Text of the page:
Felipe Efrain was born in Brazil, but he’s a truly international fighter. As is the case with most MMA athletes who rise to stardom, the BRAVE CF Bantamweight contender has traveled around the world looking for a challenge. Before BRAVE, he fought in the United States and Japan with different organizations.
But it wasn’t until he signed with the fastest-growing promotion in the world that his career – and his passport – were filled with trips around the globe. Since joining BRAVE, Felipe has fought in Bahrain twice, Jordan, and Morocco. Aside from his native Brazil. In a way, Efrain‘s career is a testament to BRAVE CF’s international reach.
The organization strives on putting exciting shows on all corners of the world, and Felipe’s explosive style has been one of the stalwarts of BRAVE’s influence in international MMA. During his stint with the promotion, Efrain has become known for his crazy techniques and knockout power in all of his limbs, as a true muay thai representative.
He won the KO of The Year award in 2017 for his flying knee finish against Nawras Abzakh, but the prize could easily go to his body shot destruction of veteran Walel Watson in his BRAVE debut earlier that year. In 2018, he started the year backed by two of BRAVE’s most vicious finishes and was one victory away from fighting for the title.
Then came Frans Mlambo, who finished him at BRAVE 10, in a much-debated stoppage. Instead of complaining about the referee’s performance in Jordan, Efrain went straight back to work. That’s another virtue of his: the work-ethic of the Chute Boxe Diego Lima product is second to none.
No matter where he’s training, he wants to be the hardest worker in the room. That discipline, coupled with his natural striking talent, makes for an explosive combination.
One which Arnold Quero felt in its entirety when the two met in Morocco. Again fighting away from home, Felipe was part of a groundbreaking moment in MMA history.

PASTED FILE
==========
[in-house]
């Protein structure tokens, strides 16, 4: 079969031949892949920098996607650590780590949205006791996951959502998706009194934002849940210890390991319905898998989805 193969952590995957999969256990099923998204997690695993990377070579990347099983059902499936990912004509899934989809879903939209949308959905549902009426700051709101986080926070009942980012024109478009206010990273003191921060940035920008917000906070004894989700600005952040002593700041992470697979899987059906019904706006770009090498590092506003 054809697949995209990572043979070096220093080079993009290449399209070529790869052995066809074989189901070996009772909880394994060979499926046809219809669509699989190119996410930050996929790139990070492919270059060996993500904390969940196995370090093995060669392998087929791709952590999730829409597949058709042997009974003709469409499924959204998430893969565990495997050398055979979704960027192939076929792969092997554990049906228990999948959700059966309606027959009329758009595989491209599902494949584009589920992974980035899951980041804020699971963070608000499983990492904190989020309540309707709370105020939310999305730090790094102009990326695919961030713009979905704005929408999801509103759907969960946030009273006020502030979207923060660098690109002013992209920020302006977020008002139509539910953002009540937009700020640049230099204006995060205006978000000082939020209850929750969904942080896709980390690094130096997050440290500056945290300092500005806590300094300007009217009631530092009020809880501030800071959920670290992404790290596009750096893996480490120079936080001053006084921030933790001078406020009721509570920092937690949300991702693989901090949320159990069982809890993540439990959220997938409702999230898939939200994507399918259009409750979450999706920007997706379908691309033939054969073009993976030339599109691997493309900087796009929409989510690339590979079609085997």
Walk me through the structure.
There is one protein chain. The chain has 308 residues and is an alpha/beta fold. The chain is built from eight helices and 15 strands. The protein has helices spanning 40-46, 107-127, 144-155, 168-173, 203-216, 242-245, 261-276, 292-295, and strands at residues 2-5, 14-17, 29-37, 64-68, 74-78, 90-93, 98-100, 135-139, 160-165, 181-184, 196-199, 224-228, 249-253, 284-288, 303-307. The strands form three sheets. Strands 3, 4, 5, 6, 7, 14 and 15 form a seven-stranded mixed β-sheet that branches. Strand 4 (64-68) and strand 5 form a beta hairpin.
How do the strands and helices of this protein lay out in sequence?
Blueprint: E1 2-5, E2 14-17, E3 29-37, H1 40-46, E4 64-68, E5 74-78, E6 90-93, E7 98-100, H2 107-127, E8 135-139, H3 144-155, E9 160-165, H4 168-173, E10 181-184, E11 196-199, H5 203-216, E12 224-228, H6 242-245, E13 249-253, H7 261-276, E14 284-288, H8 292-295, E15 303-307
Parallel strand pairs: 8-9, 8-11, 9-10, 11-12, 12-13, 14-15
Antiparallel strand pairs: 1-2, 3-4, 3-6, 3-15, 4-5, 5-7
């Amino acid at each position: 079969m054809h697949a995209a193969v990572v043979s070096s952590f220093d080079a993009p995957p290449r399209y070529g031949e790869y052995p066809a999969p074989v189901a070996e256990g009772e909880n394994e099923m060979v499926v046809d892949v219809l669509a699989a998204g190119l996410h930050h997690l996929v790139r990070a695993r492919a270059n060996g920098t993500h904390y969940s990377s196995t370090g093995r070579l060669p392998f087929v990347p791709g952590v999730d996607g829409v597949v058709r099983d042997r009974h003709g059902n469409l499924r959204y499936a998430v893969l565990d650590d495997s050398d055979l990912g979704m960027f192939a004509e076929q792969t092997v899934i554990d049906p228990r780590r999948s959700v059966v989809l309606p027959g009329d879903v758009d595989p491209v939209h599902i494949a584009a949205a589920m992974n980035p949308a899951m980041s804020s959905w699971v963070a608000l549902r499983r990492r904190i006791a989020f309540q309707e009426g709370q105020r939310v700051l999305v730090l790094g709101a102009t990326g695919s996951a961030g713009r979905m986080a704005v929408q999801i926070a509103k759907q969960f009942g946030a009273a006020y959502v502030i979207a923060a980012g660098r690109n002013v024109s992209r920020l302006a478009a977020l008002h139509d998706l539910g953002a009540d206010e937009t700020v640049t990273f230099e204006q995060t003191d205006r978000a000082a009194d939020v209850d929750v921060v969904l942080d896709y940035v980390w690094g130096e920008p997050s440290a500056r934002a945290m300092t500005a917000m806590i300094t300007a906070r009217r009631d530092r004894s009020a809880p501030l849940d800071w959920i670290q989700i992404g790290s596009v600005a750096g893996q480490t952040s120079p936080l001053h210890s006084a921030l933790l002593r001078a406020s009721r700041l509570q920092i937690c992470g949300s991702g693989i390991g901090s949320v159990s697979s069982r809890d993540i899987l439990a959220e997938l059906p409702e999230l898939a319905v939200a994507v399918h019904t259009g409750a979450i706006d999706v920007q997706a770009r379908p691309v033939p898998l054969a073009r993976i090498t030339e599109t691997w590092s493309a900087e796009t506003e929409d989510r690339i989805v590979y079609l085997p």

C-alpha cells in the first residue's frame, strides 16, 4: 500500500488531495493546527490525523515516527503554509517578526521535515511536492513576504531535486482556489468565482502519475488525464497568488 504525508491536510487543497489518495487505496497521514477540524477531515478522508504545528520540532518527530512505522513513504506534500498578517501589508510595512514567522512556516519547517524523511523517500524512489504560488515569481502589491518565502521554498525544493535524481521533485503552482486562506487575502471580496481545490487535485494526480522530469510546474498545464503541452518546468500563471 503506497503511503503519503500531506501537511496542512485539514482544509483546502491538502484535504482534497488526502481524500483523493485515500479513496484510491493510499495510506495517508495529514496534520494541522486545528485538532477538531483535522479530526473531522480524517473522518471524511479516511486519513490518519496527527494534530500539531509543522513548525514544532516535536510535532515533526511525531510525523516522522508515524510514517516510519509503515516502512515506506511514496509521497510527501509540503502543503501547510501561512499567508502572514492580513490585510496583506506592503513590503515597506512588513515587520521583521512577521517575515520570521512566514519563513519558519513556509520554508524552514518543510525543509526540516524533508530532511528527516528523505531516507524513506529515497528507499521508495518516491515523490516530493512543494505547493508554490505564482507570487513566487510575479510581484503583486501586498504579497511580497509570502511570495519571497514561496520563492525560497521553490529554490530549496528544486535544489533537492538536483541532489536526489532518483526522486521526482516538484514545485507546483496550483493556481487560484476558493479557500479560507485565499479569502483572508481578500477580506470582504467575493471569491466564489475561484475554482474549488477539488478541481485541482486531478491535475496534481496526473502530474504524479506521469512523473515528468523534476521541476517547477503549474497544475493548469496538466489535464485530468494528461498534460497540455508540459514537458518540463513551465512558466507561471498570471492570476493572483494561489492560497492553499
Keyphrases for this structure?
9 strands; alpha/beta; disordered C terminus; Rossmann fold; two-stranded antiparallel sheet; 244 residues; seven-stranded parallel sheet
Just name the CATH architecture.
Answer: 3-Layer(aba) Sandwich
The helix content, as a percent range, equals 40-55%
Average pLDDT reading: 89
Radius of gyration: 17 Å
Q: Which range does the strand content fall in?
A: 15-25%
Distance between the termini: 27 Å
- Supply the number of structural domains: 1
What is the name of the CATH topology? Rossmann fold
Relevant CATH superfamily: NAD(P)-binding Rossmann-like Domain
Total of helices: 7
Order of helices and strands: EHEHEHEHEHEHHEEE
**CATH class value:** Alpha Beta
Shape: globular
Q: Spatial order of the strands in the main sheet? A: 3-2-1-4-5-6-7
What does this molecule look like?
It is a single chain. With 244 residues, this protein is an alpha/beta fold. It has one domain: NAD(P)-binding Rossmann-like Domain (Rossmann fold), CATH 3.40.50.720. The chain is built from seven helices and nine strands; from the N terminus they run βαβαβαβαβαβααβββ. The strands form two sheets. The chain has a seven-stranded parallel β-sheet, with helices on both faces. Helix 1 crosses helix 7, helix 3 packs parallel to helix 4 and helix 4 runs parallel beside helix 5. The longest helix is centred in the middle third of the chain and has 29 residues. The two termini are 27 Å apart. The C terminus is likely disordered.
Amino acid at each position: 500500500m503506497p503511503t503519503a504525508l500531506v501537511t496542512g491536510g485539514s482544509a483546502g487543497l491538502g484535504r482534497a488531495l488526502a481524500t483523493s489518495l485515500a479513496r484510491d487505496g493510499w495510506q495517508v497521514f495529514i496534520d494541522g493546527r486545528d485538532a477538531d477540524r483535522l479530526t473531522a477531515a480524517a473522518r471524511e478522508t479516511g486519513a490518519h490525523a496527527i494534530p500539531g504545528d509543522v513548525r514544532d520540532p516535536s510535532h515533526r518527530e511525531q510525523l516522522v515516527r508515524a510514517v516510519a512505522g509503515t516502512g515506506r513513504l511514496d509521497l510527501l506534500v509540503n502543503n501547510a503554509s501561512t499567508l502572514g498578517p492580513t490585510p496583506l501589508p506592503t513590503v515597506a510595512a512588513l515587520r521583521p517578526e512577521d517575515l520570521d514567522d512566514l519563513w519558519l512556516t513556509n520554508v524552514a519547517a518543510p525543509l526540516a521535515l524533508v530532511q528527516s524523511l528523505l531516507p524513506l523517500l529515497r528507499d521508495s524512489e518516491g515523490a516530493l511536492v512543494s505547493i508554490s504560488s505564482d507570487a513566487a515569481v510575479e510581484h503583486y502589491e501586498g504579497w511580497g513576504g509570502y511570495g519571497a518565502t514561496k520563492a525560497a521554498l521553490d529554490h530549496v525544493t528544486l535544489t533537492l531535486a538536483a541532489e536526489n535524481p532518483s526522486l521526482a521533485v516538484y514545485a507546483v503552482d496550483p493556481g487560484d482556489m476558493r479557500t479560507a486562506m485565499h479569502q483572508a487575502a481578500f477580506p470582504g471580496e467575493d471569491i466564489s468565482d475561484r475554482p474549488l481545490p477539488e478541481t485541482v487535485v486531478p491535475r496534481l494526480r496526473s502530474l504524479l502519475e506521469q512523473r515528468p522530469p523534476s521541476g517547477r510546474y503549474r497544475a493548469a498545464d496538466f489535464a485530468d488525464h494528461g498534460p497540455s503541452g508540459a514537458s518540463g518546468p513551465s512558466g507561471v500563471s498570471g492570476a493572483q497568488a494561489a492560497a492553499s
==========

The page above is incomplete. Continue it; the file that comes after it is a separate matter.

BRAVE 14 marked the first time an international organization hosted a show in the continent of Africa. And the Bantamweight striker stole the show, as he ran through Arnold Quero with a vicious combination of knees, straight punches, and elbows. Frenchman Quero didn’t what hit him until the referee was on top of him, asking if he was ok.
That performance followed a respectful call-out of Bantamweight world champion Stephen Loman. Recently victorious over Mlambo, Loman had a logical next challenger in Efrain. The fight was made for BRAVE 18, the organization’s annual trip to Bahrain and traditionally the biggest show of the calendar year for BRAVE Combat Federation.
The build-up to the momentous fight was proof of both men’s characters. They avoided any trash talk and instead focused on their own abilities and praised each other as opponents. Days before BRAVE 18, Loman and Efrain, and their respective teams met each other on the way to the sauna, where both men would be cutting weight to make the contracted 61,7kg limit. Gym-goers couldn’t believe when they saw two opponents sharing jokes and being friendly with each other days before their bout.
That’s Felipe Efrain in a nutshell. Vicious inside the arena, a friendly and calm person outside. On fight night, however, all the amicable aspects of their relationship were thrown to the side as the two men put on an incredible fight for fans around the world. It was a back-and-forth affair, with champion and challenger having their moments. After 25 minutes of insanity, Loman’s hand was raised.
Efrain wasn’t sad or discouraged. He was grateful for the opportunity and keen to make sure that the champ had his moment. He has never publicly disclosed the hand injury he suffered during the initial rounds. That would be diminishing Loman’s feat, something he would never do.
For his fight with dangerous and experienced newcomer Matheus Nicolau, set for BRAVE 25, on August 30th, Efrain is injury-free and ready to go. It will be the first time he faces a fellow Brazilian for BRAVE and the first fight in Brazil since March of 2017. When the cage closes, he will transform. Until then, it’s all smiles and fun.